The Old Man And The Sea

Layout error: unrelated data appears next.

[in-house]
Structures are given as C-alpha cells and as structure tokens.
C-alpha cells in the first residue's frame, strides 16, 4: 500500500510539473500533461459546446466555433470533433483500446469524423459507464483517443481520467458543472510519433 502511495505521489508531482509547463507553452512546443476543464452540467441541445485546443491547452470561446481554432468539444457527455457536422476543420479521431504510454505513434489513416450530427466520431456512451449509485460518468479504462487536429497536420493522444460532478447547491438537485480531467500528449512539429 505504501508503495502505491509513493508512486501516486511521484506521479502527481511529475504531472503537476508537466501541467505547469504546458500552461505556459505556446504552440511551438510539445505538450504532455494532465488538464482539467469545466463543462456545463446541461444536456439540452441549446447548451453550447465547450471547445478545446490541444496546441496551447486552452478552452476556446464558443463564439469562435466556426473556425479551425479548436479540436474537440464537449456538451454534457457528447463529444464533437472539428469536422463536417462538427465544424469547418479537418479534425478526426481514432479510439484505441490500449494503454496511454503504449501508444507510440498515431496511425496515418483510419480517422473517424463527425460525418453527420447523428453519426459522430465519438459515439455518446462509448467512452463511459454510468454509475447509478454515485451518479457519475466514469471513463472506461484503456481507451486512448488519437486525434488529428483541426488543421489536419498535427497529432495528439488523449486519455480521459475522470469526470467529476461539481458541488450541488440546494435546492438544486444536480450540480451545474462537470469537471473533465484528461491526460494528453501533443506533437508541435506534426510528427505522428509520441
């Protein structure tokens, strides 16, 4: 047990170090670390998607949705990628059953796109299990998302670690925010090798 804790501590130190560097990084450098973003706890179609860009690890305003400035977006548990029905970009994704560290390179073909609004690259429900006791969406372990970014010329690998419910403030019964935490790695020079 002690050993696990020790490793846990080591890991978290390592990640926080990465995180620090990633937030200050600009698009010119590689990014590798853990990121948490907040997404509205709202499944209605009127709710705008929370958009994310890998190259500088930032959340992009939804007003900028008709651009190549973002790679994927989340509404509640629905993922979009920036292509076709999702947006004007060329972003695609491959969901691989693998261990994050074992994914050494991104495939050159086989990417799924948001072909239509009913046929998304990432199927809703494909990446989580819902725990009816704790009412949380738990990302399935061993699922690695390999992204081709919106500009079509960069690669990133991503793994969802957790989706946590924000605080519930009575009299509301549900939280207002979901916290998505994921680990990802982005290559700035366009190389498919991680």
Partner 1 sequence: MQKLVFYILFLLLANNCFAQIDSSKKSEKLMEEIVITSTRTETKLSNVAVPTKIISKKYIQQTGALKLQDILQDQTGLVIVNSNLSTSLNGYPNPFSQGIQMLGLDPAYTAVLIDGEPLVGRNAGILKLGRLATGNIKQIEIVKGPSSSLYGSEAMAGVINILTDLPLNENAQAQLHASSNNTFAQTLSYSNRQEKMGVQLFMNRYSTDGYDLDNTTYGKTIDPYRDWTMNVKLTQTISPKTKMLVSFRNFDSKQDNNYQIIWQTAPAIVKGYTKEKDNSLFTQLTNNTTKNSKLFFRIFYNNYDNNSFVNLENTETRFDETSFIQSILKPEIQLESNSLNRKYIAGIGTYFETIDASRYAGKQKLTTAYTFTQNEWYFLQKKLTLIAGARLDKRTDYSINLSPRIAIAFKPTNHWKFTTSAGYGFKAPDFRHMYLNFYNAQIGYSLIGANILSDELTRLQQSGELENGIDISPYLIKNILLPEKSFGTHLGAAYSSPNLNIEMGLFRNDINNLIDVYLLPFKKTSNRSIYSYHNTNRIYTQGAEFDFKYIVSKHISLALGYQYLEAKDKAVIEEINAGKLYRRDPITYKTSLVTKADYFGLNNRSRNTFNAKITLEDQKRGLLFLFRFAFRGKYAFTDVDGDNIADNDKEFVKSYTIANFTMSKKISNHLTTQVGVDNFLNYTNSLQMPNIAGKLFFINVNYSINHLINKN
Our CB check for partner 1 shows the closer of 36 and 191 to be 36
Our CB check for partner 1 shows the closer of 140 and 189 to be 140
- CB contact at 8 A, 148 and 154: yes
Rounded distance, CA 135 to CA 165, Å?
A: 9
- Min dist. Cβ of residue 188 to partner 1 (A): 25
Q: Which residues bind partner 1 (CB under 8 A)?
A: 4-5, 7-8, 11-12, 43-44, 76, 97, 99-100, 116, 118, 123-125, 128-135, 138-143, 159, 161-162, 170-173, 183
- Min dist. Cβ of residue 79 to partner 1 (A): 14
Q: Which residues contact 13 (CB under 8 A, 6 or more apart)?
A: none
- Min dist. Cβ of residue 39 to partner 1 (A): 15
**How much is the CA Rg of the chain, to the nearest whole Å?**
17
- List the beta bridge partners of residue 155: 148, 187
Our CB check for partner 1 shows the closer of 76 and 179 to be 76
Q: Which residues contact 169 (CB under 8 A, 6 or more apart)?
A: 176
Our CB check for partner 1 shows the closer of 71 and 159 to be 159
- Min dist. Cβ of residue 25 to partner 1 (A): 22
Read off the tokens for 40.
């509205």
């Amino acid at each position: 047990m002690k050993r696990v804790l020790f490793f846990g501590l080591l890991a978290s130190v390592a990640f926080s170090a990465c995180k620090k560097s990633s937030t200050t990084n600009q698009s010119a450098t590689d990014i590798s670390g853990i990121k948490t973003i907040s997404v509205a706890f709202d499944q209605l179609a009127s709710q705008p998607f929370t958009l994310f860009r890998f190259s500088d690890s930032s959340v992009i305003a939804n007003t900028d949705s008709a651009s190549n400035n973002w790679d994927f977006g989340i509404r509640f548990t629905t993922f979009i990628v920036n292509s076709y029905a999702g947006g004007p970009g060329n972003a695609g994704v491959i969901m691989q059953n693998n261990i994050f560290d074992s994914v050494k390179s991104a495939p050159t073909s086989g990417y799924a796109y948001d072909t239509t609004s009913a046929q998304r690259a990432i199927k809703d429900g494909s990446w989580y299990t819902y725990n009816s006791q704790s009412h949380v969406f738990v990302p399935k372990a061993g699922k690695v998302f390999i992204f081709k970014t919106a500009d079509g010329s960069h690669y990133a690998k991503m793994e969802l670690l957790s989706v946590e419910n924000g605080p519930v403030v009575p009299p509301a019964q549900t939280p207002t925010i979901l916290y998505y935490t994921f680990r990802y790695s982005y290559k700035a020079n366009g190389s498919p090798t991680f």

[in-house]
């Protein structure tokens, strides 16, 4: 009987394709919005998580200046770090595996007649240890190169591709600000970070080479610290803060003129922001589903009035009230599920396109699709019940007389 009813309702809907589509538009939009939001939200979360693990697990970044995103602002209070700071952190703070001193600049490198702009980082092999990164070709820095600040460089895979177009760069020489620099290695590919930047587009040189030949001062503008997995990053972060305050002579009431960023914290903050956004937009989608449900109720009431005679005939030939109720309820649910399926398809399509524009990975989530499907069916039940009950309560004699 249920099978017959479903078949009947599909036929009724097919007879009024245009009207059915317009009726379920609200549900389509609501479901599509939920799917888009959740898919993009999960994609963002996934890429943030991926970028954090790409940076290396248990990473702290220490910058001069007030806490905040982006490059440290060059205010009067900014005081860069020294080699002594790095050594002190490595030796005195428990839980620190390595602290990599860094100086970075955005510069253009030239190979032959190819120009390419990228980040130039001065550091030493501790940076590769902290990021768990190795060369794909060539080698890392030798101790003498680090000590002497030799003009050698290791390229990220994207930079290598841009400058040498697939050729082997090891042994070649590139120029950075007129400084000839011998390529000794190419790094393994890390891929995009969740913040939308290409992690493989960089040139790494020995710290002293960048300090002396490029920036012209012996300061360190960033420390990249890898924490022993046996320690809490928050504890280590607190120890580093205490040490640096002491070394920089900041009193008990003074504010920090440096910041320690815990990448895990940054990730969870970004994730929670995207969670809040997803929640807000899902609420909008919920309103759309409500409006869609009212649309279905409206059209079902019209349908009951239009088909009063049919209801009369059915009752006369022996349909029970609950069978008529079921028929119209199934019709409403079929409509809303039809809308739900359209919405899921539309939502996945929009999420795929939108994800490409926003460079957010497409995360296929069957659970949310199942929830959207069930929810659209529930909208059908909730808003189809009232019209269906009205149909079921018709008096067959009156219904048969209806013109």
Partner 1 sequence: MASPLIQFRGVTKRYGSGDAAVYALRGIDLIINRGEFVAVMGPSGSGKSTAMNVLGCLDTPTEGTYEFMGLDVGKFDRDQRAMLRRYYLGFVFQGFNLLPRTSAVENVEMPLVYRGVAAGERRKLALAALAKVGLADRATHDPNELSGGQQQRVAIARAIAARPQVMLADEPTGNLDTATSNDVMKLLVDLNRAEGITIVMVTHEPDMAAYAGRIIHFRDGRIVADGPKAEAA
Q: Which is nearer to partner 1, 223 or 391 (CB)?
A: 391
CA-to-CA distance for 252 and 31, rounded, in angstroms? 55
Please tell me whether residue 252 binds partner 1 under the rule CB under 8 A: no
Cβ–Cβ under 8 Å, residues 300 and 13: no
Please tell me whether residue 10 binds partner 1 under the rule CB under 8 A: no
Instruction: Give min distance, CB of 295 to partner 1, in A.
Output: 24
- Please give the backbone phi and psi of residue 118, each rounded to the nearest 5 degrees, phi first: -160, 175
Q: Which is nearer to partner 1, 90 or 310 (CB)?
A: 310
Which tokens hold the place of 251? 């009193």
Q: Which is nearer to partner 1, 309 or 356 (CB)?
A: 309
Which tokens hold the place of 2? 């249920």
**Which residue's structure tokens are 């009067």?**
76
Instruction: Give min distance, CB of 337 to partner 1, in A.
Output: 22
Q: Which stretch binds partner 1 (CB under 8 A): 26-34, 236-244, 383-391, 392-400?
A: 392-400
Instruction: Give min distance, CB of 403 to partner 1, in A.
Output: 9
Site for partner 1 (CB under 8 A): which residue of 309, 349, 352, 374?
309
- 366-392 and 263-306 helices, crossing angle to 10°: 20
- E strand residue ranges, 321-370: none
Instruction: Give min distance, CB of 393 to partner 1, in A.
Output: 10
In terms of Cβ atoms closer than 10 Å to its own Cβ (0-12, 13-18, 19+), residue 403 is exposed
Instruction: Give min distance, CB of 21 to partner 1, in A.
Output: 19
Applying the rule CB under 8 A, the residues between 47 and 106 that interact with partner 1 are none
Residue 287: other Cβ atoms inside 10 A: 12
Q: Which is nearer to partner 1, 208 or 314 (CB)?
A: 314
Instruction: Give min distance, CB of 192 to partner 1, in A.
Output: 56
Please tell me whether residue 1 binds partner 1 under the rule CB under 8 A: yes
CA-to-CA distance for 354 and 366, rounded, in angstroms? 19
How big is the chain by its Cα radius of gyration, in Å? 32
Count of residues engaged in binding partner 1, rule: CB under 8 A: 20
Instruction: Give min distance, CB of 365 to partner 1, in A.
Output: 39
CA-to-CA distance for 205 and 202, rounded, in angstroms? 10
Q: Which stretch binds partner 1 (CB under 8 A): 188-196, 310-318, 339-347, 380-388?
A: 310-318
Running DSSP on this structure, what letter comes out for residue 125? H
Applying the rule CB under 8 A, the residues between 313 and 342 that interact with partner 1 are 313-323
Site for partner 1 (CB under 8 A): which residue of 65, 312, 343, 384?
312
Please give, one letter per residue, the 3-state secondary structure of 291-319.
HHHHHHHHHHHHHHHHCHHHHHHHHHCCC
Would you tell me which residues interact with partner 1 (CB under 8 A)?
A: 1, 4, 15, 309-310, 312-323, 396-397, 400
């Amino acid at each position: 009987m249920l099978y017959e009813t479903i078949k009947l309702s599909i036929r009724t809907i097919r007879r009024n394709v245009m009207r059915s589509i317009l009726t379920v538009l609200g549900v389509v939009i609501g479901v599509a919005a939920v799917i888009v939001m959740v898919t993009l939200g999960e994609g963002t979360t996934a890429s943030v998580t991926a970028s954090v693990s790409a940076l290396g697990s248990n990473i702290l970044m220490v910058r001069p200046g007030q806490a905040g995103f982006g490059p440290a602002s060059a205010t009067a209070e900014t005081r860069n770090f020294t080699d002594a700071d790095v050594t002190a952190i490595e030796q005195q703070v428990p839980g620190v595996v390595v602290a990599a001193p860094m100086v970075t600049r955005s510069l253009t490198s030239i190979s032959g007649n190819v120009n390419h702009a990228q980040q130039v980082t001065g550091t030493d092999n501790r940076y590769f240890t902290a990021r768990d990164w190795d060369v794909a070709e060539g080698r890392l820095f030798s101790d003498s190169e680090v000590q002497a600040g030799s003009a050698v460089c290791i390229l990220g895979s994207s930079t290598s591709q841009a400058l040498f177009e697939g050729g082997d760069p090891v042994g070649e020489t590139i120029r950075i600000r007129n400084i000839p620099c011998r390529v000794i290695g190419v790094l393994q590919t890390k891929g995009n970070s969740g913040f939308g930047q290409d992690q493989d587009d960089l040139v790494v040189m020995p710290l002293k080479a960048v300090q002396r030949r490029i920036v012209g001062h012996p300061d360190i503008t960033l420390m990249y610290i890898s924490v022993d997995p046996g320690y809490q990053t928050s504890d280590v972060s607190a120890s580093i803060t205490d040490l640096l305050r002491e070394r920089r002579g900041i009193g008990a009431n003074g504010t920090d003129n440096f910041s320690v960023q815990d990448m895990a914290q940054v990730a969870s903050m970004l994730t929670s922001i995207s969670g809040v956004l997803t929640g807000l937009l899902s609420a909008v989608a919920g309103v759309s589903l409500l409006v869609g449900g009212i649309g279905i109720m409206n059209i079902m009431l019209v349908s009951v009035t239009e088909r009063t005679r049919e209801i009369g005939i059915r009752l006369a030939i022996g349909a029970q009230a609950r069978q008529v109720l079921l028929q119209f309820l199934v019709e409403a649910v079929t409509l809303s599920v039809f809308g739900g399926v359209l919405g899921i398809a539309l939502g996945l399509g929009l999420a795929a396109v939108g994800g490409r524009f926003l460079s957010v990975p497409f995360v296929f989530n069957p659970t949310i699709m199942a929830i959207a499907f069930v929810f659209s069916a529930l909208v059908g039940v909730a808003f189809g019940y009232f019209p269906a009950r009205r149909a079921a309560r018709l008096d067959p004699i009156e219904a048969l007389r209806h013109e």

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The Real Heroes In the book The Old Man and the Sea, Ernest Hemingway establishes many ideals about life. Hemingway, through this book, is trying to show the world have to view and live your life and the people’s around you. Hemingway’s ideas about how to live life are shown in the Old Man’s love of baseball and his idol Joe DiMaggio, his struggle with the fish, his relationship with the young boy, Manolin, the respect the boy has for the old man, and the comparison between the Old Man and Jesus are all principles that Hemingway incorporates into the book. Hemingway used the Old Man’s journey throughout the story to show who the real heroes are in the world, everyday people who work hard and do the right thing because he doesn’t believe that the DiMaggio’s aren’t as capable of the important things in life as the people like Santiago. Santiago’s trip is an analogy to life and how it should be lived. First thing everyone needs is a goal, without it nothing can be achieved, and Santiago’s was to catch the marlin. The marlin was his goal because of his giant size and because he respects the fish and its determination, Santiago describes the fish, “Now alone and out of sight of land, he was fast to the biggest fish that he had ever seen and bigger than he had ever heard of” (Hemingway 63). The fish might be the biggest marlin he had ever seen but that’s not the reason why he respects him; he respects him because of his extraordinary determination to fight until his last breath. Second, Hemingway, through his writing, believes that you need to be proud of yourself but continue to work to be even better. The Old Man does exactly that and thinks of how everyone would be so proud of his catch, but he especially thinks of what DiMaggio, his hero, would think of his great achievement: “I think the great DiMaggio would be proud of me today.” (Hemingway 97) DiMaggio

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